Honeycomb Stitch Tutorial

honeycomb stitch in orchre

Create Cells of a Honeycomb with the Honeycomb Stitch

Table of Contents

One of the littlest things in life that I love and appreciate so much are bees. With their cute fuzzy abdomens and soft buzzing about, they make sure the garden in my backyard grows plentiful.

We associate them with honey, of course, and with that includes their honeycombs, so I’m dedicating this honeycomb stitch tutorial to the bees!

The honeycomb stitch is the bee’s knees, and I think you’ll love it once you learn it. It’s not difficult to catch onto, but I don’t consider it a beginner’s stitch, mainly because it kind of piggy-backs of another stitch… the blanket stitch, so I would recommend learning that stitch first.

Also, if you start it with the blanket stitch and build the cells off of it, then it’s pretty straight-forward. But, if you were to fill in a shape other than something like a square, let’s say a hexagon, you may have to do a little creative thinking and decide what the best approach is to make sure the edges fit nicely into the space.

Ready to learn the honeycomb stitch? To make this embroidery stitch tutorial a bit easier to explain I’ve drawn guidelines and numbered the lines.

Step One

Start with the blanket stitch on line 1. Here’s a quick refresher if you need it (or head to my blanket stitch tutorial).

  • Simply come up at A and return to the back at an angle, at B.
  • Keep the stitch a little loose and come up at C, under the thread.
  • Then pull it tight to form a right angle.

blanket stitch beginning on lines 1 & 2 at the top left of guidelines

Repeat steps to create a row. If you prefer not to have a line across the top of your honeycomb stitch you can opt to use vertical straight stitches instead.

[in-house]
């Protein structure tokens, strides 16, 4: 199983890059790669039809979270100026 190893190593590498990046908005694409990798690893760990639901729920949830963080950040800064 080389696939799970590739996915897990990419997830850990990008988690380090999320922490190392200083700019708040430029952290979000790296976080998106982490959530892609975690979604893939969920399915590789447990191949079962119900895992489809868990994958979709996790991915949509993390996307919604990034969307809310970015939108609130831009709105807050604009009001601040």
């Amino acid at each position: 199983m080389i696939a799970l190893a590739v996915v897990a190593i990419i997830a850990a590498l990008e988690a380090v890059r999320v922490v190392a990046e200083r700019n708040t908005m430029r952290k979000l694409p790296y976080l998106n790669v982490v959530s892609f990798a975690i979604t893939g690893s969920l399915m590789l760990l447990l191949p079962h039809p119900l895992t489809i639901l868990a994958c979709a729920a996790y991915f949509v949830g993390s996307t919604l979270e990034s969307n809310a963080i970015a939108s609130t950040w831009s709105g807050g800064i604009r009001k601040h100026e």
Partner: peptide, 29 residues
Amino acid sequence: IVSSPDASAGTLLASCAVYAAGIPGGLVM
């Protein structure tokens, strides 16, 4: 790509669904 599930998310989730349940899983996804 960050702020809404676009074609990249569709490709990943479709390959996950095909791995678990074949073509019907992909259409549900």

Blanket stitch on line 1 & 2 at the top of guidelines

Step Two

Come up on line 3. This should start around halfway in from where the blanket stitch begins. Slide your needle under the first vertical stitch and pull through.

thread coming up at line 3 and needle sliding under vertical stitch on line 2

Step Three

Return to the back on line 4, about halfway in from the beginning of the 2nd blanket stitch. Keep the thread slightly loose and come back up directly above, on line 3. Pull through.

Needle coming up on line 3, under the loose thread

Here’s a little diagram with the steps which were just covered:

Blanket stitch added & connected to bottom of 1st row of blanket stitches, starting to form the top of a honeycomb shape.

Repeat steps all the way across.

row 2 of the honeycomb stitch fully added to the blanket stitch

If you want to start your row with a vertical line, just add a straight stitch before adding the honeycomb stitch steps just covered.

vertical straight stitch from line 5-6

Repeat the steps.

Row 3 added to the honeycomb stitch

Isn’t that lovely? It’s totally possible to create this pattern of cells using just straight stitches but it would take you longer, and I think you’d lose some of the little details that make this stitch a bit more visually sophisticated. I find that this stitch keeps me from having to guess where each corner needs to be.

4 rows

Use this beautiful embroidery stitch as a fill stitch, to create honeycombs, and even lace. I hope you love it!

Embroidery Video Tutorial

Here’s the video tutorial! Don’t forget to visit my Youtube channel and subscribe. Enjoy!

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